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Demography of Decline of the Red Wine Mountains Caribou Herd
James A. Schaefer, Alasdair M. Veitch, Fred H. Harrington, W. Kent Brown, John B. Theberge and Stuart N. Luttich
The Journal of Wildlife Management
Vol. 63, No. 2 (Apr., 1999), pp. 580-587
Stable URL: http://www.jstor.org/stable/3802646
Page Count: 8
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The causes of decline of woodland caribou (Rangifer tarandus caribou) populations remain incompletely understood. We compared population characteristics of woodland caribou of the Red Wine Mountains Herd (RWMH) in central Labrador before (1981-88) and during a population decline (1993-97). During the 1980s, population estimates were 751 (no error estimation) animals in 1981, 736 ± 172 (x̄ ± SE) in 1983, 610 ± 9 in 1987, and 741 ± 165 in 1989. By 1997, the herd declined to 151 animals (95% CI = 65-251). The decline was not associated with changes in parturition rate or in mean age of >1-year-old females, but the decline was associated with significantly lower recruitment, a greater proportion of females in the >1-year-old population, increased mortality of >1-year-old females, and emigration to the parapatric George River Caribou Herd. Throughout the study, predation by gray wolves (Canis lupus) remained the most frequent cause of mortality of >1-year-old caribou. We hypothesize that wolves may mediate the population dynamics of sedentary woodland caribou when associated with high densities of moose (Alces alces) and migratory caribou, but that the management implications of such a triad remain unclear.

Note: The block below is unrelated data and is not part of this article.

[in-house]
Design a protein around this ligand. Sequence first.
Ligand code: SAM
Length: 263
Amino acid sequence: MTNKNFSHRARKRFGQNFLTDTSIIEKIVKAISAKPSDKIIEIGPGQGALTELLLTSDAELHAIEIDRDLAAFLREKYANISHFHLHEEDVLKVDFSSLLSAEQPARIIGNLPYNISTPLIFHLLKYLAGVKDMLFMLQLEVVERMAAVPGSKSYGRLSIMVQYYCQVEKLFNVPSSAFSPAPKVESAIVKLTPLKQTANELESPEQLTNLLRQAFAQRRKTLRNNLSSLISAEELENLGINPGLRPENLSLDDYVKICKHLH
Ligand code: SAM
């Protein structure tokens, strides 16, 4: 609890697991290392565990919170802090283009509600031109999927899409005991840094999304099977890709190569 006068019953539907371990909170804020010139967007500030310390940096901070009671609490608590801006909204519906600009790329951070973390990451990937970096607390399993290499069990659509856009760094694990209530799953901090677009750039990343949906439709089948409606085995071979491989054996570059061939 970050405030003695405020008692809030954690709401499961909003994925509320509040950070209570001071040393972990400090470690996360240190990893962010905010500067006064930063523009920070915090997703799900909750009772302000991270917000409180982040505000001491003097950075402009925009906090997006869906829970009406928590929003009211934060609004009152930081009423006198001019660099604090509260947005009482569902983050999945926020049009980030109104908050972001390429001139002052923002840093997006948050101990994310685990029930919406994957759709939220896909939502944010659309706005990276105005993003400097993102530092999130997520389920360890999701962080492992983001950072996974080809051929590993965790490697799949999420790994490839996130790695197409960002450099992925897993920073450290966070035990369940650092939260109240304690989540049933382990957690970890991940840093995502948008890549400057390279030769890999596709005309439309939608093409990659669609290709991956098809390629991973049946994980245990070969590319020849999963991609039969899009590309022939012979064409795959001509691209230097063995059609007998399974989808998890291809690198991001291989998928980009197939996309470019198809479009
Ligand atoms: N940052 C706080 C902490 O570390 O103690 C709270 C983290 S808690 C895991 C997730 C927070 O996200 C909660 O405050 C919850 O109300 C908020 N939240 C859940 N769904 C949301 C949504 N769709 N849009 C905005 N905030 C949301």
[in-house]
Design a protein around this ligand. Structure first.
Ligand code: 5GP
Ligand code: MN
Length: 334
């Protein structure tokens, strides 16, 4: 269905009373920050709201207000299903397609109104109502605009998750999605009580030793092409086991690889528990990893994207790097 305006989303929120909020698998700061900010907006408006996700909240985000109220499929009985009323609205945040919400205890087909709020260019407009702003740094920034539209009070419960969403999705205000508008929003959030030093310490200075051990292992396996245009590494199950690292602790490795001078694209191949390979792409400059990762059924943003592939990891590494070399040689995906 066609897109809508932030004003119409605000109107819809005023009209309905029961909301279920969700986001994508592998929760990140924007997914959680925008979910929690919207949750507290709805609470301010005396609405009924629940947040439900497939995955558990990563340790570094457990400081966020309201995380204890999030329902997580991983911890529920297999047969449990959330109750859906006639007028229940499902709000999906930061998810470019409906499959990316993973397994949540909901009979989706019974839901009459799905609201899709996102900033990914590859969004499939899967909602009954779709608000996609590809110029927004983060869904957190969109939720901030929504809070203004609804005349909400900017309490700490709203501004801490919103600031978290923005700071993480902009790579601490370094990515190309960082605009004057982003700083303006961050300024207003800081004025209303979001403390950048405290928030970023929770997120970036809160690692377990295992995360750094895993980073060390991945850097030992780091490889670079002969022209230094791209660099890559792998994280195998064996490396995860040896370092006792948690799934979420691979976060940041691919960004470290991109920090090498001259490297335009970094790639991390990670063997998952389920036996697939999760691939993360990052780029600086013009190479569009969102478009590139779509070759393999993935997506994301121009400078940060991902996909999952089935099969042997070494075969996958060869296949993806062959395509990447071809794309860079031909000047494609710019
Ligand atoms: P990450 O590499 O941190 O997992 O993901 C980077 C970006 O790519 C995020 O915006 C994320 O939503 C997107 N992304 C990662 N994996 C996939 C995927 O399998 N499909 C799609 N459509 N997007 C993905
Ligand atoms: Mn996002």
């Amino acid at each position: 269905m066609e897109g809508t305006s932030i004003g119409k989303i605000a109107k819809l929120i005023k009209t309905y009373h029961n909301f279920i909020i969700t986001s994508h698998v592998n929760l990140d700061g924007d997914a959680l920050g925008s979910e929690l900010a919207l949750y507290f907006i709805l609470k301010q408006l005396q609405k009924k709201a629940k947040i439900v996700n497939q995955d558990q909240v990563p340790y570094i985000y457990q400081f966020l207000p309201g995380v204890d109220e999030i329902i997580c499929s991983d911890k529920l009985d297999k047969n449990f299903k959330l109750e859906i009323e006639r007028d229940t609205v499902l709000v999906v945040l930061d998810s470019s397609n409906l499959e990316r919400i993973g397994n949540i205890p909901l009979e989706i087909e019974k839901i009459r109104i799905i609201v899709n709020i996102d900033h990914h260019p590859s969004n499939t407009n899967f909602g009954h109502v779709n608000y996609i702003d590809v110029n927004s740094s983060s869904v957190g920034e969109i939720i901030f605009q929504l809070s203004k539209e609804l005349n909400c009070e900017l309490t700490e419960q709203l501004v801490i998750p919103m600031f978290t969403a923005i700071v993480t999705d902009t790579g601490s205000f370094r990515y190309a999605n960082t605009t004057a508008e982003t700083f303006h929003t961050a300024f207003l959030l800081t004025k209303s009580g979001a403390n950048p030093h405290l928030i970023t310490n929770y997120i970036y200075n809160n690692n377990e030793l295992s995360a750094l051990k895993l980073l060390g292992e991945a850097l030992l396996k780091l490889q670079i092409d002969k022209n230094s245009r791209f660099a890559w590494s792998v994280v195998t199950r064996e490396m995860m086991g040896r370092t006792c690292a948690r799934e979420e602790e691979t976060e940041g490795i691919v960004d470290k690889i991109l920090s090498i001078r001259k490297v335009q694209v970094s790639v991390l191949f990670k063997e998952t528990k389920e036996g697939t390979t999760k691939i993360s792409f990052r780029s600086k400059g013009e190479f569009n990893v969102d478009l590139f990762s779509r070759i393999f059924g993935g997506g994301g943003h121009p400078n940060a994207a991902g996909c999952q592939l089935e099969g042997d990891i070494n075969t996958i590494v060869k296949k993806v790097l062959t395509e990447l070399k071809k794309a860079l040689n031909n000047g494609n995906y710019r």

The Journal of Wildlife Management © 1999 Wiley